The Environmental Planning and Coordination (EPCO) of Madhya Pradesh have taken an admirable initiative for promoting “green construction”. Quite obviously, the state is gradually becoming concerned about the urban environment and the progressive adverse impact on it of the burgeoning construction activity. Numerous multi-crore projects are either in progress or are on the anvil in major towns of the state. In Bhopal, for instance, one such project is already in progress. Clearly, the initiative is indicative of the government’s rising anxiety to forestall the environmental degradation that massive construction activity inevitably entails.
That large scale construction in urban areas causes a rise in ambient temperature is a well-known phenomenon. Many of our towns, like Dehra Dun, Bangalore, Pune and Bhopal, which once were considered green and idyllic with pleasant and equable climate, have now heated up because of massive, thoughtless construction witnessed therein during the last few decades. Much of their old attributes could, however, have been retained had recourse been taken to “green construction”. Apart from being eco-friendly, it would have kept their ambience well within the comfort zone, retaining their salubrious attributes. Unfortunately, this didn’t happen as environmentalism has been a little late in taking roots in this country.
While “green construction”, with all its environmental benefits, can be made a reality by suitably organising/incentivising the relevant aspects of the construction industry governments, in the meantime, could encourage the concept of “green roofs”. These are also to a great extent environment-friendly. Massive constructions taking place in all urban concentrations are propelling demands for energy, besides heating up their environment. Green roofing, if introduced, particularly in large constructions/complexes, could mitigate to a large extent their ill-effects
“Green roofs” are not the ones that are strewn with plants in pots or containers. The term refers to a roof that is partially or wholly covered with vegetation and soil on top of a waterproofing membrane. Not an unknown phenomenon, one recalls at least one building around 20 years ago in South Mumbai on the roof of which fairly good-sized trees could be seen swaying in the breeze from the road below.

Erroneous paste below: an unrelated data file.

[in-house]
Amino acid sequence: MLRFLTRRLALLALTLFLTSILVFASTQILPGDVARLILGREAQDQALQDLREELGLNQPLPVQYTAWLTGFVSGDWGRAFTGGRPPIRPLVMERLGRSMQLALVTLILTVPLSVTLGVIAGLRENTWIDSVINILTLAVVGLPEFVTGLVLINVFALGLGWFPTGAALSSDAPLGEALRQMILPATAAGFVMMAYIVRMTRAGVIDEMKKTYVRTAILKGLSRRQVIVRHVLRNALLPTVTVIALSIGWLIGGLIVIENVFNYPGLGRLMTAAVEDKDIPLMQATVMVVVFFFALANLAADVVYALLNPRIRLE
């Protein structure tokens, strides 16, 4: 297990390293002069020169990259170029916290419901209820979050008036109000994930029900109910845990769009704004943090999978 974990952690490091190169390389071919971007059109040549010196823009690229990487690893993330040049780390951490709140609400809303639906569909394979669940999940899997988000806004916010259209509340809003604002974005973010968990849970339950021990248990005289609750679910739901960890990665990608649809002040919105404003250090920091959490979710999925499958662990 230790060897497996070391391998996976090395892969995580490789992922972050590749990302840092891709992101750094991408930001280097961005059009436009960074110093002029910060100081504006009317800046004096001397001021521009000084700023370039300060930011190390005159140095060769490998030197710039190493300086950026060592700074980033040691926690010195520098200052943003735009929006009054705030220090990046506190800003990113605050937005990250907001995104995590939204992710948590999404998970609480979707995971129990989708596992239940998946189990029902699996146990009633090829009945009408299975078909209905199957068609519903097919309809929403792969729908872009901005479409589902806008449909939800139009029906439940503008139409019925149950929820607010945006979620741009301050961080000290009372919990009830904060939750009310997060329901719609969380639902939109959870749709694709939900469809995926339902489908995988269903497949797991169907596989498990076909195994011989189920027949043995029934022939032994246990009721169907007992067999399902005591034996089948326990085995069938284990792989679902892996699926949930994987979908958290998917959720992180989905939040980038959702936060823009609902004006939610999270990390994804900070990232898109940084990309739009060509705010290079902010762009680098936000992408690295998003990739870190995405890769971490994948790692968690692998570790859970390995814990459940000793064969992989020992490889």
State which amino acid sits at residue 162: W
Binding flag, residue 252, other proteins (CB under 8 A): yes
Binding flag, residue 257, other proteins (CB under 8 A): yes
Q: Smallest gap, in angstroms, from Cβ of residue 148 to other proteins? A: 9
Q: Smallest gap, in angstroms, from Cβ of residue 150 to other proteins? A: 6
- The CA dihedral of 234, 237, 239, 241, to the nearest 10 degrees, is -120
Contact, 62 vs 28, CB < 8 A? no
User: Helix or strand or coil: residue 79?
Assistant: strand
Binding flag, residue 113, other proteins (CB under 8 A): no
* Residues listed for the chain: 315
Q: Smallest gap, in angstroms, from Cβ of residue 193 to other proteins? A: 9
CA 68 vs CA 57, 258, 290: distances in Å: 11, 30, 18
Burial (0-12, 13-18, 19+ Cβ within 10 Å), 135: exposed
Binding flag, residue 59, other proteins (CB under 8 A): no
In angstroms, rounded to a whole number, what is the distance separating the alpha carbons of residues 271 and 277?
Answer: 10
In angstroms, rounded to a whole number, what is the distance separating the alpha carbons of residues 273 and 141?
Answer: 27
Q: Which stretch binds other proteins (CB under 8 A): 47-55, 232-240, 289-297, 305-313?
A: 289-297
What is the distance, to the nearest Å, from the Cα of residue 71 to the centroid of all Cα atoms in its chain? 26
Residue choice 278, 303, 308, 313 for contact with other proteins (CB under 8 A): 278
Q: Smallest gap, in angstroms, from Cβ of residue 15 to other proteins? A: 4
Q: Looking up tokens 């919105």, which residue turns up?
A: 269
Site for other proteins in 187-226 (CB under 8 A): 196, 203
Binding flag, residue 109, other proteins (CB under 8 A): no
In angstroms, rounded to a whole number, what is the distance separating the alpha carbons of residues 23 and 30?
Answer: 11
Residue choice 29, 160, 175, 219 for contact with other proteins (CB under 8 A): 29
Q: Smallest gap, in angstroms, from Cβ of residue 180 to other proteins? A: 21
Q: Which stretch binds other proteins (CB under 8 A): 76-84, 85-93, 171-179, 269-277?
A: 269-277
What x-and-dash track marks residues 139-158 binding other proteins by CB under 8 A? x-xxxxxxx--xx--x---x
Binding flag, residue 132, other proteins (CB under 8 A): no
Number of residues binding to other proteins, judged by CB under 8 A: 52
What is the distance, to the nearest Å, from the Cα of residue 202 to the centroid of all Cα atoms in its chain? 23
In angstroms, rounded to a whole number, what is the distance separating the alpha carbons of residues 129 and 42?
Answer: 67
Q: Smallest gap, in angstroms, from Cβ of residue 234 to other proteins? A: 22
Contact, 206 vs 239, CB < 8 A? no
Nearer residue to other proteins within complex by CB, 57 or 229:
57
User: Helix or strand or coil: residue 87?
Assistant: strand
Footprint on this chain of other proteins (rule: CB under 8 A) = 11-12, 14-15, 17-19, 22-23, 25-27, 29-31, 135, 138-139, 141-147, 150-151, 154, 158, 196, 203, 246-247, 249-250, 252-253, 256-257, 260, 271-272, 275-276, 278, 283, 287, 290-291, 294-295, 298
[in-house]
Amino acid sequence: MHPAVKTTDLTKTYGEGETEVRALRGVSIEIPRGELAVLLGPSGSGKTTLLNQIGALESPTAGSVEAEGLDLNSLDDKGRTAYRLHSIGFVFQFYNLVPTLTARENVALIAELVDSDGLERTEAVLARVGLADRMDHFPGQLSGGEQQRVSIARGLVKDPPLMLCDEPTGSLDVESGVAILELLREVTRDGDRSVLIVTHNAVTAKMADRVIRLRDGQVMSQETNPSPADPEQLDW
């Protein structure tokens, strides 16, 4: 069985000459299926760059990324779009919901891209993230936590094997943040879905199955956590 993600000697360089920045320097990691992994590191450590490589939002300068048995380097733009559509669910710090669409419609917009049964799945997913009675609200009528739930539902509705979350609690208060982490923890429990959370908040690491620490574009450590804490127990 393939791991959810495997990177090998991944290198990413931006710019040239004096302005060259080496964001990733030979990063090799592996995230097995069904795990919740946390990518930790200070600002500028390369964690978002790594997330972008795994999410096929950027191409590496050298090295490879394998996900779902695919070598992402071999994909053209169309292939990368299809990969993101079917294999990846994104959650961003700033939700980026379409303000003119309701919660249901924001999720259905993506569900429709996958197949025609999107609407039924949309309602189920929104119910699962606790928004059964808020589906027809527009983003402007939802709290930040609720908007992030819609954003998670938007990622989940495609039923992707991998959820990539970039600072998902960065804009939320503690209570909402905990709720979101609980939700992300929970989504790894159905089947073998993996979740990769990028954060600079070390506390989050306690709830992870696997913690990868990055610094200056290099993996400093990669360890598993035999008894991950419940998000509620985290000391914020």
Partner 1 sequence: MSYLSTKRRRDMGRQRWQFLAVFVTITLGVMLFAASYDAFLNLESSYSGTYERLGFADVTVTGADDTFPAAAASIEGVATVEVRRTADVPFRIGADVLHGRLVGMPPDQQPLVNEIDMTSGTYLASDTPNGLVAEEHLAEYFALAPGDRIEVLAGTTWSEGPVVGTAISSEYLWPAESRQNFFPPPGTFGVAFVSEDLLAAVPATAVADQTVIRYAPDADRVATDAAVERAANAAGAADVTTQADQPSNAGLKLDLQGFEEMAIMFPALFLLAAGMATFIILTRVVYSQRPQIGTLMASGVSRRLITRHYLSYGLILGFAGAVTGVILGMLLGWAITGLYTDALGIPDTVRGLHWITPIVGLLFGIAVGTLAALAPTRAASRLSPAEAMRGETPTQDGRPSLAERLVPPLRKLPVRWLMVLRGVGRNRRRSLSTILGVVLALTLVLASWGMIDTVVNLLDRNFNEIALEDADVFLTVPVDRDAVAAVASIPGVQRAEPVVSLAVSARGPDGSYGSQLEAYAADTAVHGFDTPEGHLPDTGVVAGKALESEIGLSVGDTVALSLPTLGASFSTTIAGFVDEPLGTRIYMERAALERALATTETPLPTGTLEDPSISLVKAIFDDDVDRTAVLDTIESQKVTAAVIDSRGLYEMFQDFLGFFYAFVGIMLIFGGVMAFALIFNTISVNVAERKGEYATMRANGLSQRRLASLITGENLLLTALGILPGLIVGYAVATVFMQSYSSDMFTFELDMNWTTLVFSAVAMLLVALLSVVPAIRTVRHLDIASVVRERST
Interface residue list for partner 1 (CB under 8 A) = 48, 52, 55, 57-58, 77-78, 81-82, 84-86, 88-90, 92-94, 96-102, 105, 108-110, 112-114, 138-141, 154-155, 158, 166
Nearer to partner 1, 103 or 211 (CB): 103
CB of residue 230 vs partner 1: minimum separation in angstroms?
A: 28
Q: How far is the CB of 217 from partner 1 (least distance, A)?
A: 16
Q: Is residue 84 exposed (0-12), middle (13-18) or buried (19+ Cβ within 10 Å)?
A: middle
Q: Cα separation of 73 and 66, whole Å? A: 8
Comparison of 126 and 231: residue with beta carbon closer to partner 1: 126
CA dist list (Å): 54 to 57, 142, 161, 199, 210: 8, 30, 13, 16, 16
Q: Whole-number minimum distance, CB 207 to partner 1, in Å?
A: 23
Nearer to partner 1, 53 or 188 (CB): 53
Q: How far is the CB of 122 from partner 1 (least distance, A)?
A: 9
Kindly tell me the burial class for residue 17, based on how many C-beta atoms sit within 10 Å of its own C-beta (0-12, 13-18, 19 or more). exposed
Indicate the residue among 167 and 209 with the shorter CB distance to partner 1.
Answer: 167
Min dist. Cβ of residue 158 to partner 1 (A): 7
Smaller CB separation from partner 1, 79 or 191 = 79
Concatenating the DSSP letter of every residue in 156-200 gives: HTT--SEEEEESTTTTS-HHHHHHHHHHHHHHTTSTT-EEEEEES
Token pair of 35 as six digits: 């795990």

Historically speaking, however, green roofs first came up in Germany on top of low-cost apartments during the post-industrial constructions in the late 19th Century. The roofs were topped with gravel, sand and grass to protect the constructions from fire. Germany saw a second wave of “green roofs” during the 1980s to bring the fast-disappearing vegetation back into cities. Subsidies helped create around 63,500 square metres of green roofs by 1996. Made a legal requirement for all large construction projects, Germany today is estimated to have 10% of all its roofs “greened”.
It is not Germany alone where green roofs have taken off in a big way. France, Austria, Switzerland and other European have climbed on to the bandwagon. Switzerland has one of Europe's oldest green roofs, created in 1914, on a water-treatment plant in Zurich. Europe, currently, is estimated to have 15 million square metres of green roofing. Becoming increasingly popular in the US, the 2.5 acre-roof of San Francisco's new California Academy of Sciences building is being greened as habitat for indigenous species. While the largest expanse can be found at the Ford Motor Company’s plant in Michigan, Chicago’s City Hall is another well-known example. Fukuoka, in Japan, has 35,000 plants of 76 species on the terraces of its Prefectural International Hall as a compensatory measure for gobbling up the park it was built on.
World over cities are taking to green-roofing for their obvious public and private benefits. Among the major public benefits are insulation of buildings from extremes of temperature, reducing their energy requirements for heating/cooling thus preventing further global warming, re-creation of brownfield habitats of ecological value fostering regeneration of their bio-diversity; mitigation of air-borne pollution and risks of floods and enhancement of their visual appeal. More importantly green roofs cool overheated cities by reducing the Urban Heat Island Effect (UHIE) which makes urban concentrations, with their hard reflective surfaces, hotter than their rural surroundings (Chicago’s City Hall roof has been found several degrees cooler than the surrounding roofs). Besides, depressed UHIE reduces ground-level ozone, contributing to a healthier urban community.
Private benefits include, inter alia, substantial savings on energy for internal heating/cooling, provision of drains and storm water management. Besides insulating the building from external noise, green roofs extend aesthetic advantage, providing congenial spaces for rest and recreation. They even have economic value. A hotel in Vancouver saved more than its investments on its green roof by growing herbs it used in its cuisine and a farmer in Chhattisgarh grew his crop on his small rooftop patch. What’s more, they increase the value of the property.
As retrofitting of existing roofs is eminently feasible the central and the state governments could launch a campaign and incentivise green roofing, particularly in large constructions/complexes, for its all-round benefits, more so for the wellbeing of the rapidly growing urban communities. An enactment on German pattern could also be considered